Consciousness Hologram does a perfect job of capturing that. These people are vaguely familiar, but so much about them is unrecognizable, compared to being a human in the 21st century. At the same time, the contours of the utopian setting are captured through the very recognizable ennui of the protagonist. Through the familiar first-world juxtaposition of having everything you need and still being unsatisfied with it—and you're not sure if it's because there's something wrong with you, or something wrong with the world.

In short, this game combines loads of neat speculative fiction concepts into one zany wacko package that never goes the direction you expect. And the atmosphere is great. Those glass pyramids on Mars, man.

A beautiful and marvelously strange setting to explore.


Anyway. End unhinged rambling about Yudkowsky and Banks. Maybe in the end the only reason I liked this as much as I did was because I've read all the Culture novels and wanted more. (Except Inversions. I never got around to Inversions.)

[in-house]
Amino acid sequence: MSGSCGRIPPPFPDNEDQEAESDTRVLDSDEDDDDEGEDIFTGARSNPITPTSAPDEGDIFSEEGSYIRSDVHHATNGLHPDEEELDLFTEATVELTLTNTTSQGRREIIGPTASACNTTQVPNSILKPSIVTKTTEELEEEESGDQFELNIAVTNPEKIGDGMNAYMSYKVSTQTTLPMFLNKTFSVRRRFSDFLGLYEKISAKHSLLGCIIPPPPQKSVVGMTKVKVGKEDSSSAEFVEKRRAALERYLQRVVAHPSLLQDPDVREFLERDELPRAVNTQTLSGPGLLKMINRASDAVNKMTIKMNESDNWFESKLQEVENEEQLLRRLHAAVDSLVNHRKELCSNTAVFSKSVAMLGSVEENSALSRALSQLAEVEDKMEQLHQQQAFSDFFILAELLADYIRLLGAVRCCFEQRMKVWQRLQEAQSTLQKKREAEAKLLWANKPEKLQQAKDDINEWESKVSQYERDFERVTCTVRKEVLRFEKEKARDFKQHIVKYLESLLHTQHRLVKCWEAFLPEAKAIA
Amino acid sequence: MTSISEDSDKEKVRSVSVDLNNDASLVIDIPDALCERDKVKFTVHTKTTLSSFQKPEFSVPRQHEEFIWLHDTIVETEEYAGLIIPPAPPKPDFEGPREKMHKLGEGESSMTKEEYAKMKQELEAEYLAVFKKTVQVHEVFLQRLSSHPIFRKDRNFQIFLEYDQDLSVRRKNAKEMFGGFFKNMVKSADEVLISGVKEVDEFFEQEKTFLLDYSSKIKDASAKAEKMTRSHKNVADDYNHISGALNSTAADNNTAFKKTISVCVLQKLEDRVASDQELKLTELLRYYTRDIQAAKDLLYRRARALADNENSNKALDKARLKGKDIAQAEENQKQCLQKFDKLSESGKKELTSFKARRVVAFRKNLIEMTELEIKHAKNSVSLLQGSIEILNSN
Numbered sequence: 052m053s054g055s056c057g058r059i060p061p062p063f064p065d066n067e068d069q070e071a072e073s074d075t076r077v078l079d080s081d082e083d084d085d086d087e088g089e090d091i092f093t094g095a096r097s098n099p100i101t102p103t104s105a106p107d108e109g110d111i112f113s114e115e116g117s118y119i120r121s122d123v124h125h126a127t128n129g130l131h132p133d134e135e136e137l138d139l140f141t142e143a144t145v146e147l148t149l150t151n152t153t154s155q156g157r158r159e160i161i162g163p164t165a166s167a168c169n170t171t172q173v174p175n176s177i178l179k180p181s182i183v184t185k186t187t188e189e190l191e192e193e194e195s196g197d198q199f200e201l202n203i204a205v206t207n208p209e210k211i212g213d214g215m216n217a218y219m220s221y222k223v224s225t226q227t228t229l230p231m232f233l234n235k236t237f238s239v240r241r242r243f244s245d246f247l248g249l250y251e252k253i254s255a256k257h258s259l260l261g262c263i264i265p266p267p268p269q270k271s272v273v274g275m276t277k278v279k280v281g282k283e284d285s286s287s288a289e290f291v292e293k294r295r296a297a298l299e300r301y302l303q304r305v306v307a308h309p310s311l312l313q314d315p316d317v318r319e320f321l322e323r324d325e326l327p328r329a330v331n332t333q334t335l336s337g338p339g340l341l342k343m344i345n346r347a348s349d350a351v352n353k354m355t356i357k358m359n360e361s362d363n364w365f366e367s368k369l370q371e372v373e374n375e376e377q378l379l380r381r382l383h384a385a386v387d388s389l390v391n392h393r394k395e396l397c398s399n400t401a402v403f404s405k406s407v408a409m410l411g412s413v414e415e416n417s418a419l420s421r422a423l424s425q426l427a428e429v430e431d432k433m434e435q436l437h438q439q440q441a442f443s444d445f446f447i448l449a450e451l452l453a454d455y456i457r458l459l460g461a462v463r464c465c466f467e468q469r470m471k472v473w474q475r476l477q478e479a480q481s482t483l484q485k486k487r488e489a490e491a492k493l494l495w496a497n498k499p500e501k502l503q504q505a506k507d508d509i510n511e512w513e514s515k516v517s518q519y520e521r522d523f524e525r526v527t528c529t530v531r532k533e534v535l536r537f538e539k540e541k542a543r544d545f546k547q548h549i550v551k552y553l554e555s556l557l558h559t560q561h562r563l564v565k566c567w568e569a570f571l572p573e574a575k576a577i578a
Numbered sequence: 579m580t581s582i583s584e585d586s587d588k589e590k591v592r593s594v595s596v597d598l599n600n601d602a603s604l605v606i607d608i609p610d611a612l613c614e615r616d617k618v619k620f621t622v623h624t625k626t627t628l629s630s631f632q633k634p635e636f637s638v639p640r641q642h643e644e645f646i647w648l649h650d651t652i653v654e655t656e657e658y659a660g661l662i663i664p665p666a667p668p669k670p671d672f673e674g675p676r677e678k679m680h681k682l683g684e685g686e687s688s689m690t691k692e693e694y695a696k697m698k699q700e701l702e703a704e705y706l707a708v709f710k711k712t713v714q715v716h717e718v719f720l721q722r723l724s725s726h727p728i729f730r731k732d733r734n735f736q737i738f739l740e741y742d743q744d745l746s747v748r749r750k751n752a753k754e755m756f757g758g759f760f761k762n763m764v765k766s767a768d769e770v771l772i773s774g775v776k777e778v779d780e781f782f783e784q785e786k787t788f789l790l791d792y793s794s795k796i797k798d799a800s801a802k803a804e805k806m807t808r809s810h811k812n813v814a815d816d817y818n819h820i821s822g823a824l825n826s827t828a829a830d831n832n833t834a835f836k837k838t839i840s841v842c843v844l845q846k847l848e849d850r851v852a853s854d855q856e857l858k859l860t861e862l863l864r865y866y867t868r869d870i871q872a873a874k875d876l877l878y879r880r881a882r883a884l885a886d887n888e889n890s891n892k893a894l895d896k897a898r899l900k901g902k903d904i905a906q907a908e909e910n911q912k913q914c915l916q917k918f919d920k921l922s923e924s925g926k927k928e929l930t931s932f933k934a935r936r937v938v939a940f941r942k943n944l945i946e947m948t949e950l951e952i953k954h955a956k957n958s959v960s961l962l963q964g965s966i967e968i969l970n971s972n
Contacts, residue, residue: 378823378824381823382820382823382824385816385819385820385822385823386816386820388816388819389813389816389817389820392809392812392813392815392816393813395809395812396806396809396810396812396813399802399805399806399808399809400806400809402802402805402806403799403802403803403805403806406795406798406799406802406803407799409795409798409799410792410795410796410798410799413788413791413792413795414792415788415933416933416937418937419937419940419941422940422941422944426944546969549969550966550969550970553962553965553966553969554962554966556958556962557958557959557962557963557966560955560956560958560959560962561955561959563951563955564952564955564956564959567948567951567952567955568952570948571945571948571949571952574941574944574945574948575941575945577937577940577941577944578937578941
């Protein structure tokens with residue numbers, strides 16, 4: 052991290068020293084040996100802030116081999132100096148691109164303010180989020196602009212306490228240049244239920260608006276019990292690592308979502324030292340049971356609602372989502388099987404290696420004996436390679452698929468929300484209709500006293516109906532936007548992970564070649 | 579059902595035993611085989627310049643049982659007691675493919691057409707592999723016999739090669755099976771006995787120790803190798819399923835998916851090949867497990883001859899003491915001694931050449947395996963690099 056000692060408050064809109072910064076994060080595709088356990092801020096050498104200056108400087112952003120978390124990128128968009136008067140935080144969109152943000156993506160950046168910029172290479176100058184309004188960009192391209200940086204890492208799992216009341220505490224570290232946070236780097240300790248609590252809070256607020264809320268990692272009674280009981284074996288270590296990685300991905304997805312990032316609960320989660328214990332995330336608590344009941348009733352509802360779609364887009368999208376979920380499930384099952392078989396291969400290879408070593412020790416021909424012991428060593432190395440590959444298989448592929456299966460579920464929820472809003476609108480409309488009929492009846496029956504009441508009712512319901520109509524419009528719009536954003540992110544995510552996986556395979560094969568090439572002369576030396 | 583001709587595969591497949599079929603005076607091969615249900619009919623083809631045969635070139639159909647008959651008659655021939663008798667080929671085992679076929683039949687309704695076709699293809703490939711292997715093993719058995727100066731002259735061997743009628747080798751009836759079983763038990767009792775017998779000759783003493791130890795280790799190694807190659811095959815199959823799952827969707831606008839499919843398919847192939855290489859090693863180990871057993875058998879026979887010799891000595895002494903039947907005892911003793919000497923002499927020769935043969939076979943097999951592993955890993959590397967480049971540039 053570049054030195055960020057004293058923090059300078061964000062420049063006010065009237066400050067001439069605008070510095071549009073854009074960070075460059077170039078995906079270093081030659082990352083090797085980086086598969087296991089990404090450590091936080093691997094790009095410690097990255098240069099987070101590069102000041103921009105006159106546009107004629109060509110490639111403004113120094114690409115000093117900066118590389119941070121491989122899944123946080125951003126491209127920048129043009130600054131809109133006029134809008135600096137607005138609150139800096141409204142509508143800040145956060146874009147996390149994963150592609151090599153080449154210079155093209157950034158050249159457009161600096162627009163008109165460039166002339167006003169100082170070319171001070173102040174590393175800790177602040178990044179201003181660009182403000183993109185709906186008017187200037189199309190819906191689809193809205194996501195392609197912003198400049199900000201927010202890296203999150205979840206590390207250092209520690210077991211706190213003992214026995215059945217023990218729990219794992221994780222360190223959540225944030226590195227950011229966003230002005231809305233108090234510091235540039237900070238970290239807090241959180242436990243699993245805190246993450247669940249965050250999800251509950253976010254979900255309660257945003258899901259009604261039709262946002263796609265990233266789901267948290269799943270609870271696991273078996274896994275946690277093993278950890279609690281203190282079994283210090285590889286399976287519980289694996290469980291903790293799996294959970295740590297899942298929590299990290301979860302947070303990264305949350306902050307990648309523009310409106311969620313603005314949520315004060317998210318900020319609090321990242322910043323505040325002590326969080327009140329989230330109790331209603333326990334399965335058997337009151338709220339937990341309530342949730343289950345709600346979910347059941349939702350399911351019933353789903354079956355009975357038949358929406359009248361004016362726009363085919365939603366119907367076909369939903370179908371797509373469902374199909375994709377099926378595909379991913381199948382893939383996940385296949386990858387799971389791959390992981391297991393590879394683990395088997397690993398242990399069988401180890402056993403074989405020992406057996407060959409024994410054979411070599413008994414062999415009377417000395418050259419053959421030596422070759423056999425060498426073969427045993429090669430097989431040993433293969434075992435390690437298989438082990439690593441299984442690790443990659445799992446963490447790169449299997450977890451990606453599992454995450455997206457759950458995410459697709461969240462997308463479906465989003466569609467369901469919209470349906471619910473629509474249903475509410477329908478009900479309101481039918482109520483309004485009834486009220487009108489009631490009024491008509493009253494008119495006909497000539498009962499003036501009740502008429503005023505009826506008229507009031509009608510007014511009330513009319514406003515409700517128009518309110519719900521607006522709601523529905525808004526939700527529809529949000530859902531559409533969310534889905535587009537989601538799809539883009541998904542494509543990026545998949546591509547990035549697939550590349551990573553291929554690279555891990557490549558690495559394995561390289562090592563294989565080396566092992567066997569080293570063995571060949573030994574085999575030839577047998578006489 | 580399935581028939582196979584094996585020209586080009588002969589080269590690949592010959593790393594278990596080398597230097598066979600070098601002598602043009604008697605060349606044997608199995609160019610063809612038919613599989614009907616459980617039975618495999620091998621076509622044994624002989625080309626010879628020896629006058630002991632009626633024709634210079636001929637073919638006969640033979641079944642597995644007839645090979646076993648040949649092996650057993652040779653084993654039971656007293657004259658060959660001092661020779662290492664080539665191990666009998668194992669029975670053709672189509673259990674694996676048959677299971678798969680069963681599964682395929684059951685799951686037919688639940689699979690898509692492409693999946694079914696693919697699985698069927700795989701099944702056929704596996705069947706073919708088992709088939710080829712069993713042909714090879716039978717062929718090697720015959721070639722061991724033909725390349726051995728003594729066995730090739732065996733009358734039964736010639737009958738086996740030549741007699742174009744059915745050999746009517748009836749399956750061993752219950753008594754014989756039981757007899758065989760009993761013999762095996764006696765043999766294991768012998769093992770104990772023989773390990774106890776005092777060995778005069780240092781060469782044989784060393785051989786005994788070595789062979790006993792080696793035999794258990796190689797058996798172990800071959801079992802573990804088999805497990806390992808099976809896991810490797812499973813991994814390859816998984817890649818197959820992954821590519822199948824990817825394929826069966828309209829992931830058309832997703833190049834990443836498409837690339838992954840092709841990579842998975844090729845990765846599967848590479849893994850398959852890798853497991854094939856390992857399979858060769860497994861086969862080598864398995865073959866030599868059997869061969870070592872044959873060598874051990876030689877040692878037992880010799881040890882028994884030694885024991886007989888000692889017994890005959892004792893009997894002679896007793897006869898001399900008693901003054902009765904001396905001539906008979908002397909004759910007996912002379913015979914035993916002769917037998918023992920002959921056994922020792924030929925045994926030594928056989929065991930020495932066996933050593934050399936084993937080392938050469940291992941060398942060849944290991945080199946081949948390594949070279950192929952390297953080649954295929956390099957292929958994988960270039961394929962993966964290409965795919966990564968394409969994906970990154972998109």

But whatever.

Right now this game has five ratings and only two reviews, including mine. Like many games on this site I think it's criminally underrated. Which is why this long "review" exists I guess. Play this game cmon it's good

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Computerfriend, by Kit Riemer

5 of 5 people found the following review helpful:
Riveting. A favorite, July 2, 2023
by Cerfeuil (*Teleports Behind You* Nothing Personnel, Kid)
Related reviews: Long Review

This game captivated me when I first played it. I played it four or five times and got I think four different endings (1, 3, 6, maybe 4 or 2). Been a few weeks since then, but I can't get it out of my head.

Most things I'd like to say have already been said better by other people (as someone else noted, kaemi's review is fantastic). So what do I put here, eh? Guess I'll ramble about vaguely related topics for much too long. Disclaimer: all this is wordy, disorganized, and probably not worth reading unless you really like the game. I'll put it in a spoiler so it doesn't clog up the page (actual spoilers will still be flagged as spoilers inside the expanded block, mostly). Things get depressing, so be warned.

(Spoiler - click to show)
1 - The design is gorgeous. The whole game is highly polished in appearance, with great use of different fonts and colors. Shoutouts to the Computerfriend bootup screen, which has a cool digital box effect that really impressed me.